Non-sequential Learning in a Robotics Class: Insights from the Engagement of a Child with Autism Spectrum Disorder

  • Sung Eun JungEmail author
  • Kyunghwa Lee
  • Shara Cherniak
  • Eunji Cho
Original research


This case study focused on the robotics learning process of Mark (a pseudonym), a Latino-American second grader diagnosed with autism spectrum disorder. Drawing on Polanyi’s (Personal knowledge: towards a post-critical philosophy [Kindle version], 1958/2015) notion of “tacit knowing” and “dwelling in tools,” we attempted to understand Mark’s unique processes and ways of engaging in learning about a Light Sensor by pursuing two research questions: (a) How does Mark, with his unique behavioral and socio-emotional characteristics, engage in the robotics class? (b) What insights can we gain from his inquiry as we develop responsive robotics education? Findings revealed that Mark used a non-sequential inquiry process filled with repetitive free explorations and unexpected expanded inquiries about the Light Sensor. This non-sequential inquiry process highlighted that dwelling with robotic manipulatives was Mark’s distinct ways of exploring the Light Sensor. His non-sequential inquiry process emerged from his tacit engagement and expanded to his sophisticated and holistic understanding of the Light Sensor. We discuss implications for a robotics education program that is responsive to young children with diverse needs and characteristics.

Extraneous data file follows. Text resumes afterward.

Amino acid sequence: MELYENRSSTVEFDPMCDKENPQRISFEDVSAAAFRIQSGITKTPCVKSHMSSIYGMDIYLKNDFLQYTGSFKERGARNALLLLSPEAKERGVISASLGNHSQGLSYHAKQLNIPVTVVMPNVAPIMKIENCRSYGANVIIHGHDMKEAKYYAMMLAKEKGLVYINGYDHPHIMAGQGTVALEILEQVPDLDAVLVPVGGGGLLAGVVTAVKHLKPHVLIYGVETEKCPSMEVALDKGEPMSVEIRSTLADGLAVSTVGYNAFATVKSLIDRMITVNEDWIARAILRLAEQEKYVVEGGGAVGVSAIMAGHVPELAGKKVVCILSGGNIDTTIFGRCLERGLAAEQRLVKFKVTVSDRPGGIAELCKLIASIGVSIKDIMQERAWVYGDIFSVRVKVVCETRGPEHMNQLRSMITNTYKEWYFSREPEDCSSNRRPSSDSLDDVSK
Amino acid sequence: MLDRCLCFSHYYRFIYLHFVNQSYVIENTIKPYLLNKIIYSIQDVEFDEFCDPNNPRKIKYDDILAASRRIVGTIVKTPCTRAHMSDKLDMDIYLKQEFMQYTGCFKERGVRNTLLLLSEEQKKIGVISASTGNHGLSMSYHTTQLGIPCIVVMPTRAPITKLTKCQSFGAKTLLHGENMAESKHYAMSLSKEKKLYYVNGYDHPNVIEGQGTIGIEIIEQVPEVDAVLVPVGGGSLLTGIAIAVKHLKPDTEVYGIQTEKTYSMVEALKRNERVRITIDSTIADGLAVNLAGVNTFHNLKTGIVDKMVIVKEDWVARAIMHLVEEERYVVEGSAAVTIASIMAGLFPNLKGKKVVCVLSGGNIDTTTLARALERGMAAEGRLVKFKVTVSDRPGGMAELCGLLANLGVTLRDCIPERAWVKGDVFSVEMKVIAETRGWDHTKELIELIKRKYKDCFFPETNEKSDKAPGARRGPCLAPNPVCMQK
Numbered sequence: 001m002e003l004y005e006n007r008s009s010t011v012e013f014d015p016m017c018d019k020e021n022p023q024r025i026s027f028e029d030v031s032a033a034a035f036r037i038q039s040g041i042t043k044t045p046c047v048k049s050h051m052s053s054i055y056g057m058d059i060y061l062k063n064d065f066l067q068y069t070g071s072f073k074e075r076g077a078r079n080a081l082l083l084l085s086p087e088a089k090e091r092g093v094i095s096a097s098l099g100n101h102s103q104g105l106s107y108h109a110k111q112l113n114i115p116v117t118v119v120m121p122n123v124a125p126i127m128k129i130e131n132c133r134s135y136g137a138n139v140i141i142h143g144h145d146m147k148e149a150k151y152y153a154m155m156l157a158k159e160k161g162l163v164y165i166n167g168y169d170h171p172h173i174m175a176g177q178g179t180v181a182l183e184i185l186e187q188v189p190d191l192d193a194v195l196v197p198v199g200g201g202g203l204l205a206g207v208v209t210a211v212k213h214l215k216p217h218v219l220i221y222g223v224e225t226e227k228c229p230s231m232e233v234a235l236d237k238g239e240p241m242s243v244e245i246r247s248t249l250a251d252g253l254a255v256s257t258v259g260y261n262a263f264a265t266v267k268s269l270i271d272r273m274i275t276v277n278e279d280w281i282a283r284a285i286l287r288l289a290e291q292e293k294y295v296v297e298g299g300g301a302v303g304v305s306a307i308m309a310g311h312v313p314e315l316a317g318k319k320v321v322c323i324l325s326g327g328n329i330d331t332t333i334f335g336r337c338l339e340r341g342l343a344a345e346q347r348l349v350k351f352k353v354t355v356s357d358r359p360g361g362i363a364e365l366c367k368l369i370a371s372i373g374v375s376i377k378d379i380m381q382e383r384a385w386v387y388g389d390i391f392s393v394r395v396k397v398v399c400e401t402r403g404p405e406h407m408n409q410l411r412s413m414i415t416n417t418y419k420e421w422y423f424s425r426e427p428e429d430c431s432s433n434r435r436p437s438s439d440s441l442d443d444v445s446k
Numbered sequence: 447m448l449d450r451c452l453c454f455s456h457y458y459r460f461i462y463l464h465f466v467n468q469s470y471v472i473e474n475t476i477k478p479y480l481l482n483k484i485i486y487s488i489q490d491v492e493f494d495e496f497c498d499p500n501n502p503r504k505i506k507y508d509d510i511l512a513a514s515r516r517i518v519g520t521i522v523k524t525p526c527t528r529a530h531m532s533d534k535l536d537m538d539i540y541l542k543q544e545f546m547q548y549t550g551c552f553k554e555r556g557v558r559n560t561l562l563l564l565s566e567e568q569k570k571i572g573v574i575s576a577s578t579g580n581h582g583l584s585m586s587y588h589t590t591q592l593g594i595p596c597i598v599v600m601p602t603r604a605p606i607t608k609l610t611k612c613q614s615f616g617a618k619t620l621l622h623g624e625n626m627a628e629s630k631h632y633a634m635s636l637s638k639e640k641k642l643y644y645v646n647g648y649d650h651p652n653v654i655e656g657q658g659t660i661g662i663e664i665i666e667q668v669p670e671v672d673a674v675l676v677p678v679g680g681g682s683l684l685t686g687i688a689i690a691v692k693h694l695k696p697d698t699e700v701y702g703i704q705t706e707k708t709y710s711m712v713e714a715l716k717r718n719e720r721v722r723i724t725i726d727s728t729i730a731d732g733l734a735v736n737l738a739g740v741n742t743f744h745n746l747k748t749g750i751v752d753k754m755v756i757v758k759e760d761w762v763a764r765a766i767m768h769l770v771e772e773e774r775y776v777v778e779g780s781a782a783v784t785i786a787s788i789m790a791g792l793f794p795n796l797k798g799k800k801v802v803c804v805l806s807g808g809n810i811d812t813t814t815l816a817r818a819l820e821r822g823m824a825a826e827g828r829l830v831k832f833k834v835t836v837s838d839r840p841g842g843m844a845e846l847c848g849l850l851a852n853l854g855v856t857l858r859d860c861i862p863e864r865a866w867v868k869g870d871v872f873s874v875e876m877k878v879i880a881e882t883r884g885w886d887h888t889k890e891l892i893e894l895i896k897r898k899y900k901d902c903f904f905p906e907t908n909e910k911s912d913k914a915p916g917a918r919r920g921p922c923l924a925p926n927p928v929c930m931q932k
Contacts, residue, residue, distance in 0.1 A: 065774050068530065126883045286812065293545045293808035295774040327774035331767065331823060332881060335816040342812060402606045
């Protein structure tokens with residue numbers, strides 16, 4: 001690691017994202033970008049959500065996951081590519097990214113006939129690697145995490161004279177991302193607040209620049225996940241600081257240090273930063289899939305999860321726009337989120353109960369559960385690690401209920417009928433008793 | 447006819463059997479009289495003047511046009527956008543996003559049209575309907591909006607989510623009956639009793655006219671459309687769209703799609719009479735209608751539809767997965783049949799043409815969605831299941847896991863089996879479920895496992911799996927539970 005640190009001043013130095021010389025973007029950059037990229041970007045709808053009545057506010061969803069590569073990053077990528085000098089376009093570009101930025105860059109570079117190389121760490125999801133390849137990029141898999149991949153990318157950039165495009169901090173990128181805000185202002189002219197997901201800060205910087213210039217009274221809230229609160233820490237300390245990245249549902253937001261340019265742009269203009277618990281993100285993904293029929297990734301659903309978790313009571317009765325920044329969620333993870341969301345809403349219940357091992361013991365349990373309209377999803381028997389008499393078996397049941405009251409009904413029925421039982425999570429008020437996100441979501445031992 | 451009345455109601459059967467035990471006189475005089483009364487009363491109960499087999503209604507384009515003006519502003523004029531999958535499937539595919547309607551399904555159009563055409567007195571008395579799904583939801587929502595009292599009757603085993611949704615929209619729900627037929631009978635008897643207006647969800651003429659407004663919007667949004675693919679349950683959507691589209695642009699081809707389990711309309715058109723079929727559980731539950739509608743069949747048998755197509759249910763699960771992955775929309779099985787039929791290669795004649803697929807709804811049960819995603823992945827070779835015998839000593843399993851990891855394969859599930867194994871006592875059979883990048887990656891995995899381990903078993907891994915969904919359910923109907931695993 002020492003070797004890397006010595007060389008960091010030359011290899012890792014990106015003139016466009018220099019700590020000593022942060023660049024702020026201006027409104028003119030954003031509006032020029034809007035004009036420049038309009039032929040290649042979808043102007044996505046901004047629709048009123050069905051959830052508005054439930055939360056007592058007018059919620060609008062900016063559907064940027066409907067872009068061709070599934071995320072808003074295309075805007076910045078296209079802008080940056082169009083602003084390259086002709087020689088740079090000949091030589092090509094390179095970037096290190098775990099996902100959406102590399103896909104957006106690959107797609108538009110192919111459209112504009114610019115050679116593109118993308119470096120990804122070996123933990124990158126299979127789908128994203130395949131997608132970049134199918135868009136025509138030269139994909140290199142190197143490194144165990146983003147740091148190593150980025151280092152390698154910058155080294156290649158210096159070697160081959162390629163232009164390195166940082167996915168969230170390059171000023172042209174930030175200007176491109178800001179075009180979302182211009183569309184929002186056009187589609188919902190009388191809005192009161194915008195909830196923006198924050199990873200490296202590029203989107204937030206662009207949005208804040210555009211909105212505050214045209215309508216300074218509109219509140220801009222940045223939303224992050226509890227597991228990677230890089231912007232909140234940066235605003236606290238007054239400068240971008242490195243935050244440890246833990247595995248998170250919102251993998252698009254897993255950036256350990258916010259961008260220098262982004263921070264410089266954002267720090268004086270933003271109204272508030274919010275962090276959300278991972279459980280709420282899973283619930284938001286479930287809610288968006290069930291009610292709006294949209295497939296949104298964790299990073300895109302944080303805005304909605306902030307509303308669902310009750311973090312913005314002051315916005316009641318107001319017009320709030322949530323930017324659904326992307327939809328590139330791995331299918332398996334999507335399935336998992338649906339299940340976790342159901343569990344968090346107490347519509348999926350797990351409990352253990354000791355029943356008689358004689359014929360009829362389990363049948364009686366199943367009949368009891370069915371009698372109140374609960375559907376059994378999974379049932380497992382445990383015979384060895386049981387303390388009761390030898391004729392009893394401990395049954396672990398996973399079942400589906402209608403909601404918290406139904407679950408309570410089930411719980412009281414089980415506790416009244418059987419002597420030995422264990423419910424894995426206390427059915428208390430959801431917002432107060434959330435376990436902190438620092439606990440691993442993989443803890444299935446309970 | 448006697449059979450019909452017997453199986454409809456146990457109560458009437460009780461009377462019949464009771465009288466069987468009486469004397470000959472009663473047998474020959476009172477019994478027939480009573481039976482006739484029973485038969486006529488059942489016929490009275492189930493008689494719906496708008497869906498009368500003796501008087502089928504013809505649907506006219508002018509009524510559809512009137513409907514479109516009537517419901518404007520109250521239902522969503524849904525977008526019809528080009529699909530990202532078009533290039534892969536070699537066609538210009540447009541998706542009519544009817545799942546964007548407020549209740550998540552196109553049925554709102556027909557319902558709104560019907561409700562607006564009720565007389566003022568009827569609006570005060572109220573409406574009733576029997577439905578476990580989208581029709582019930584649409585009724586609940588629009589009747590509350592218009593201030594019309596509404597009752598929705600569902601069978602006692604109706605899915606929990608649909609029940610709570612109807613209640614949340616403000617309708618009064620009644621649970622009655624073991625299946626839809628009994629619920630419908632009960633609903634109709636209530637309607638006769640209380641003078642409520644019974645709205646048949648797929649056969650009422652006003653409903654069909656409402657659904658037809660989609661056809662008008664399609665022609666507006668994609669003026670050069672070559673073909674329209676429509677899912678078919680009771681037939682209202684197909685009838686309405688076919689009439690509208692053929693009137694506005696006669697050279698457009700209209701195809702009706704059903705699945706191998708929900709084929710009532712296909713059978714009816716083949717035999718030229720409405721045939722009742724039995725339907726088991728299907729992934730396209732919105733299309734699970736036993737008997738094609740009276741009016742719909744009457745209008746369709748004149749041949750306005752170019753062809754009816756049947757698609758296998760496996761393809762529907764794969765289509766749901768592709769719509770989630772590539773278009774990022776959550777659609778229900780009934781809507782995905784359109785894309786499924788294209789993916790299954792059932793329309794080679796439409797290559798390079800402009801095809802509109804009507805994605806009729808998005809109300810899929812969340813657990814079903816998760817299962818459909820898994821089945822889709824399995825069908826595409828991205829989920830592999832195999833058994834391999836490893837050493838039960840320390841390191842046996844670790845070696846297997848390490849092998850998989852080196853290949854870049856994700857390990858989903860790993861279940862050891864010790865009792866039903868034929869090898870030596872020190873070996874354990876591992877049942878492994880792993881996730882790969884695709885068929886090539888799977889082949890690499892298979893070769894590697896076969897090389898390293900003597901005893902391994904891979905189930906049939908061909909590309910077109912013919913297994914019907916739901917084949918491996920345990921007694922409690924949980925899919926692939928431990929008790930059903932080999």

Early childhood robotics education STEM Autism spectrum disorder Non-sequential learning Tacit engagement 



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Copyright information

© Springer Nature B.V. 2019

Authors and Affiliations

  1. 1.Department of Teaching, Learning, and Sociocultural StudiesUniversity of ArizonaTucsonUSA
  2. 2.Department of Educational Theory and PracticeUniversity of GeorgiaAthensUSA
  3. 3.Division of Social ScienceEastfield CollegeMesquiteUSA

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